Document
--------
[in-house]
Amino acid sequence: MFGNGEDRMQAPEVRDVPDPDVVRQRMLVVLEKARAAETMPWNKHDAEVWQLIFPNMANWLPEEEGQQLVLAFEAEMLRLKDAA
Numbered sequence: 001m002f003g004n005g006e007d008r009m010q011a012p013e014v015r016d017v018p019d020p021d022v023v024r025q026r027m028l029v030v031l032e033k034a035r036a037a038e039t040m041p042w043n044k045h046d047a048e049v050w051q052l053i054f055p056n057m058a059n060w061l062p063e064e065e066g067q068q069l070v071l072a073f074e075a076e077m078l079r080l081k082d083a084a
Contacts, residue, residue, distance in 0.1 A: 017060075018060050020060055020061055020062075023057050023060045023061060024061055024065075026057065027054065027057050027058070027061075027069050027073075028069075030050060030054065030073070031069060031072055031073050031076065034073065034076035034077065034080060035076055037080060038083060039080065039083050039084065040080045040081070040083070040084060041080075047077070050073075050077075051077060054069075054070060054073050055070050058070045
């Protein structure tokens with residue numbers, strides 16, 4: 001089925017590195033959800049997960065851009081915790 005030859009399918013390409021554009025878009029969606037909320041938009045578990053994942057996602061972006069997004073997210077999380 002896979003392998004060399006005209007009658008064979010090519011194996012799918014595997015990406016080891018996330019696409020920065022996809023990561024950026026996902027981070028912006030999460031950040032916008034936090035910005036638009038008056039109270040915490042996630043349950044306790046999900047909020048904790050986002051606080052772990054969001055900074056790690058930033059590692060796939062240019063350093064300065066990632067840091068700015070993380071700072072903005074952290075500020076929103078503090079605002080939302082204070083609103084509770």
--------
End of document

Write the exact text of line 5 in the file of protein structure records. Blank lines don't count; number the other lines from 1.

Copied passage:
């Protein structure tokens with residue numbers, strides 16, 4: 001089925017590195033959800049997960065851009081915790 005030859009399918013390409021554009025878009029969606037909320041938009045578990053994942057996602061972006069997004073997210077999380 002896979003392998004060399006005209007009658008064979010090519011194996012799918014595997015990406016080891018996330019696409020920065022996809023990561024950026026996902027981070028912006030999460031950040032916008034936090035910005036638009038008056039109270040915490042996630043349950044306790046999900047909020048904790050986002051606080052772990054969001055900074056790690058930033059590692060796939062240019063350093064300065066990632067840091068700015070993380071700072072903005074952290075500020076929103078503090079605002080939302082204070083609103084509770």